Good and timely! A real service to the community.

 

Laughing with Joan

I made Joan Rivers laugh.

Of course she made me laugh, like she did to millions of others through her decades-long, often unfiltered, and ever-funny career, but yes, I made Joan Rivers laugh.

At the time, I was working at the celebrity-obsessed New York Post, and as the features writer for its women’s section, I had reason to ring up the raspy-voiced, Brooklyn-born blonde for a quickie. I had to grab a quote for some story that I was writing. As I recall, the conversation had turned to food, a favorite subject of the Jewish woman on my end of the phone, and, apparently, of that Jewish woman on the other end as well. Joan told me that she just adored the creamed spinach served at the legendary Brooklyn restaurant, Peter Luger’s — a must-have accompaniment to its famous and robust steaks. Joan told me she would dine there with a hairdresser-to-the-stars, the late Kenneth Battelle. (She kept her physique petite with this practice: She never ate anything after 3 p.m. If she did find herself dining with someone, she popped Altoids to keep her mouth busy.)

 

Cookin’ it up!

Tales of a Teaneck kitchen prodigy

How did 12-year-old Eitan Bernath of Teaneck come to be on the Food Network’s popular cooking show “Chopped”?

“He’s always been curious and he likes science,” said his mother, Sabrina Bernath. “He thinks it’s cool to mix flavors and watch things rise. He also likes to make people happy,” she added, pointing out that he had just brought his friends a freshly baked batch of cinnabuns.

For Eitan, a student at Yavneh Academy in Paramus, cooking is more than just a hobby. Struggling for the right word, the fledgling chef — whose website, cookwithchefeitan.com, will launch this week — described his relationship with the culinary arts as a “passion.”

 

Policies are the best policy

Teaneck synagogue forum addresses child sexual abuse

Does your synagogue have policies in place to protect children from sexual abuse? Do your children’s schools and camps?

Such policies, Dr. Shira Berkovits told a meeting in Teaneck on Sunday night, can make a difference to children’s safety.

Dr. Berkovits is a consultant for the Department of Synagogue Services at the Orthodox Union, and she is developing a guide to preventing child sexual abuse in synagogues. She was speaking at Teaneck’s Congregation Rinat Yisrael, as part of a panel on preventing child sexual abuse co-sponsored by three other Teaneck Orthodox congregations: Netivot Shalom, Keter Torah, and Lubavitch of Bergen County.

 

RECENTLYADDED

Pascrell, Paul face off

Dr. Dierdre Paul, a 49-year-old Montclair State University professor, faces an uphill battle against Rep. Bill Pascrell Jr., the 77-year-old nine-term Democratic incumbent in New Jersey’s Ninth Congressional District.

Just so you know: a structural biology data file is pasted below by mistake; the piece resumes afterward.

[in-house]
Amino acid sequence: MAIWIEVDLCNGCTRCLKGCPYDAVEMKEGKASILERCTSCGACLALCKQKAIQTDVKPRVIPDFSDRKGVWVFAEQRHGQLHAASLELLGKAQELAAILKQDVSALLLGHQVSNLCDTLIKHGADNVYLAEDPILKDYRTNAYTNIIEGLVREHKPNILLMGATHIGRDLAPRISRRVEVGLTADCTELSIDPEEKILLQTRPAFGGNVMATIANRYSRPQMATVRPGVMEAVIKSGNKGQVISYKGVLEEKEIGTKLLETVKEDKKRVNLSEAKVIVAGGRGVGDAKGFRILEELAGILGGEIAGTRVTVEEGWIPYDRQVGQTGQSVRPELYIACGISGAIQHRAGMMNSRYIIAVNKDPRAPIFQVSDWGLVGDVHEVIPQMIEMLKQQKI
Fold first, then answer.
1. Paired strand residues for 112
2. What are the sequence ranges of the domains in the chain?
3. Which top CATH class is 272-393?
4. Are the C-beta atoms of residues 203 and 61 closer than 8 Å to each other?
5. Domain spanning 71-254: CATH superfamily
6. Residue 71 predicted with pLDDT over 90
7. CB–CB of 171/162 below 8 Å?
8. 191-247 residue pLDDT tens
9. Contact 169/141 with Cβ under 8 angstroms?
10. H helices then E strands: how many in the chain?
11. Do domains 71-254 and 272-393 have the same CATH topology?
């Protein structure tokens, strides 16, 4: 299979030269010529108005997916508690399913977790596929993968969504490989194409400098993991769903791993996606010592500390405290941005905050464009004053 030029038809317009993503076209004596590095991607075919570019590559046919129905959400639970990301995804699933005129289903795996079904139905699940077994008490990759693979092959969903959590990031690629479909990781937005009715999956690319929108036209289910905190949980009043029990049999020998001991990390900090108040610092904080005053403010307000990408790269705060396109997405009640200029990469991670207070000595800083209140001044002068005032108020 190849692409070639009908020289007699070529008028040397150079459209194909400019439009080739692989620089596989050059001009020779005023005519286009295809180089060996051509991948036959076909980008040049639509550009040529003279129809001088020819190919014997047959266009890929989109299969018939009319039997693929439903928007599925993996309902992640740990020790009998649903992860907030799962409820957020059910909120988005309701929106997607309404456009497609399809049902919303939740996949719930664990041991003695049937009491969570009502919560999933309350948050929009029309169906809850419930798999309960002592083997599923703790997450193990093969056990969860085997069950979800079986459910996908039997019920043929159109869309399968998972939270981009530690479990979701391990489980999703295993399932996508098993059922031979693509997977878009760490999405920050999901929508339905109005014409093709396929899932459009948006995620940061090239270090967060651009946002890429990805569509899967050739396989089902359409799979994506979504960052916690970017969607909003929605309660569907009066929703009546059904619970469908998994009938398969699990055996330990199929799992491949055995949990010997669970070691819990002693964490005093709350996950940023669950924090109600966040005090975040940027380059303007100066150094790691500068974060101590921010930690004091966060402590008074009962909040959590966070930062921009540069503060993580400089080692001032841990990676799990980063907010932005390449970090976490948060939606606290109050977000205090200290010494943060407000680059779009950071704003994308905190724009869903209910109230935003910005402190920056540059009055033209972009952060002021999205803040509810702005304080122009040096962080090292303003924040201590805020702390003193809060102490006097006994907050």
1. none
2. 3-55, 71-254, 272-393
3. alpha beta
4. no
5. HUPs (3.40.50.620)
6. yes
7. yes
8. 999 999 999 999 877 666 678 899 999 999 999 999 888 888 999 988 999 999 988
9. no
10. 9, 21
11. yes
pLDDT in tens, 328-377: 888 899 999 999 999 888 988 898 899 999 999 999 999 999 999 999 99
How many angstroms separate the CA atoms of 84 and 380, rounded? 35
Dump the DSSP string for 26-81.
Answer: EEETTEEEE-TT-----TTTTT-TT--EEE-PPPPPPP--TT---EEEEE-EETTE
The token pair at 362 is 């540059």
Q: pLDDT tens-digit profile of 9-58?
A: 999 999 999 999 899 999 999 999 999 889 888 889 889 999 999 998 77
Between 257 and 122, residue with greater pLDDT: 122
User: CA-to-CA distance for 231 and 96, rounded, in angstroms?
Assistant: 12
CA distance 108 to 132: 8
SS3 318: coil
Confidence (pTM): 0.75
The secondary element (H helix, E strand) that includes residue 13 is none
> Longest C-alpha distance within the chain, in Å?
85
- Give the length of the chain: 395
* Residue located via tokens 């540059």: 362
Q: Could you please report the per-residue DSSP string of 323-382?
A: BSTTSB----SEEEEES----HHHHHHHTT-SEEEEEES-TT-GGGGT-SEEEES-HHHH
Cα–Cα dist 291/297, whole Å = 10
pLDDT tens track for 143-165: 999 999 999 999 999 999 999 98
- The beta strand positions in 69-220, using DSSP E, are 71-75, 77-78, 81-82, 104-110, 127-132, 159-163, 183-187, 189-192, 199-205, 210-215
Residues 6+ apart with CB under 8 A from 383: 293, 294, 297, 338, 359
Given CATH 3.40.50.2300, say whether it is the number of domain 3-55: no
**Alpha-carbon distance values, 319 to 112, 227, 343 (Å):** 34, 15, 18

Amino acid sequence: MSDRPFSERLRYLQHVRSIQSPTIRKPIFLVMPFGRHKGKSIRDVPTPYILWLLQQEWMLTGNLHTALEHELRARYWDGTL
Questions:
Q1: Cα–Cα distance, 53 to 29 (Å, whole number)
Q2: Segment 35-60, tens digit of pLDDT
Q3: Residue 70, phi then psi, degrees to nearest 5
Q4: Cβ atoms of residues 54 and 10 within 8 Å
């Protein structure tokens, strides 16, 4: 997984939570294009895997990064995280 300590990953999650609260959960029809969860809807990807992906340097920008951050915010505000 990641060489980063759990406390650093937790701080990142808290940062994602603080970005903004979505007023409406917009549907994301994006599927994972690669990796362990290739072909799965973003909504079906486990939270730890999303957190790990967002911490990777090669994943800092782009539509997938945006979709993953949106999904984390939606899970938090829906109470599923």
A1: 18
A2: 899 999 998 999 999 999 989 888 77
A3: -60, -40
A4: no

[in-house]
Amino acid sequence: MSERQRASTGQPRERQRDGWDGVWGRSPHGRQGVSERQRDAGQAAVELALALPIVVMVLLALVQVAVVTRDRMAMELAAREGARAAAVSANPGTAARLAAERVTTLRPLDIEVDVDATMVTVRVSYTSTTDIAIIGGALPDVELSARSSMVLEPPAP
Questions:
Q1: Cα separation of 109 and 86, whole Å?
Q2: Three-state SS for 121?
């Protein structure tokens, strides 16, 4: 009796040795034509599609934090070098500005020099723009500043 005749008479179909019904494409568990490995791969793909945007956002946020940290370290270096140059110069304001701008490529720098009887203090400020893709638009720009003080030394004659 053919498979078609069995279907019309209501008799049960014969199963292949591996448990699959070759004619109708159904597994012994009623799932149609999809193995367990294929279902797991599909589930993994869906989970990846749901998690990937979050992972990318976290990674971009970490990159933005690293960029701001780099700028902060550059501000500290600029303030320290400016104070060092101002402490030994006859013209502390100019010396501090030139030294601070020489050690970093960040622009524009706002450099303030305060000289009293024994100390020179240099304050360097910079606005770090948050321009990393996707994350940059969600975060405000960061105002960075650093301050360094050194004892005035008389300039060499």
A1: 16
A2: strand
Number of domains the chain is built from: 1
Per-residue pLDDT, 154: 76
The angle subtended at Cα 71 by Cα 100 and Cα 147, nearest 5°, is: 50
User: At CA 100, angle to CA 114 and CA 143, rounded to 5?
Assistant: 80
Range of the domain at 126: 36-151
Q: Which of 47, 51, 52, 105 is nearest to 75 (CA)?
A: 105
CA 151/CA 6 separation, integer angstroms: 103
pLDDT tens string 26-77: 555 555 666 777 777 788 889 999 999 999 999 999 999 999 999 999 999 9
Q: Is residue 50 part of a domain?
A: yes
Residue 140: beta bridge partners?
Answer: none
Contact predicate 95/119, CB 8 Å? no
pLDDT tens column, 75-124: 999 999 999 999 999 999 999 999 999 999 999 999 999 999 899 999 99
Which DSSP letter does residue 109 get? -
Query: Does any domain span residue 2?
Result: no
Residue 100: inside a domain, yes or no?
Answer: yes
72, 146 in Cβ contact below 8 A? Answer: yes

In a candidate’s forum Monday night at the Community Baptist Church in Englewood, sponsored by the Jewish Community Relations Council of the Jewish Federation of Northern New Jersey and the Bergen County chapter of the NAACP, Dr. Paul said that she has not been a Republican for very long.

In fact, in 2008 she had been the Englewood chair of the Obama campaign. “No one hoped more than me that the president would succeed,” she said. “Even as late as 2012 I tried to maintain that hope and faith in the Democratic party. Instead, it was the African American base masking the same old Democratic policies.

“We have a failed war on poverty, a failed war on drugs,” she continued. “Why does the Democratic establishment feel they only need to show up in election time? People are hurting now.”

Mr. Pascrell opened by saying that his “first objective in Congress is to keep us safe. I solemnly swear to each one of you that I will keep us safe against foreign enemies and any domestic enemies who want to take advantage of us.”

 

RCA responds to scandal

Englewood rabbi to head committee looking into conversion process

Shmuel Goldin, the senior rabbi at Congregation Ahavath Torah in Englewood, has agreed to chair a new committee the Rabbinical Council of America is convening to review its conversion process.

Rabbi Goldin also is the RCA’s immediate past president.

The committee includes 11 members; six are RCA-member rabbis and five are women. Two of the women are converts, one is a yoetzet halacha — an advisor in Jewish law — and one is a psychotherapist.

The committee has been established in response to the arrest of one of the RCA’s members, Rabbi Dr. Barry Freundel of Kesher Israel: The Georgetown Synagogue, in Washington, D.C. (Rabbi Freundel’s RCA membership has been suspended in response to the arrest, and he has been suspended from his job, without pay.) The shul arguably is the most prestigious Orthodox synagogue in the nation’s capital, and Rabbi Freundel’s arrest, for videoing some of his conversion candidates with a camera hidden inside a clock radio as they stripped for the mikvah, has been profoundly disturbing, both within the Kesher community and outside it.

 

Hearing, helping each other

Support groups for people with mood disorders to open in Paramus

A person who has a mood disorder has a chronic, manageable condition.

She is not lazy, not immoral, not self-indulgent. She is not suffering from some embarrassing unmentionable syndrome. She is just one of a large number of people whose body chemistry plunges her into the black hole of depression, or is one of the smaller but not insignificant group of people who swing between that hole and a fierce but unsustainable elation that takes them up into the blue sky until they crash again.

There is a stigma attached to having a mood disorder, though, that makes it hard to address, to attack, to subdue, to co-exist with.

Dena Cohen of Teaneck, a writer, editor, and social activist who writes under her maiden name, Dena Croog, knows this territory well. An op ed contributor to this newspaper, she introduced it to our readers on February 13, when her column, “I have bipolar disorder,” was printed and almost immediately went viral.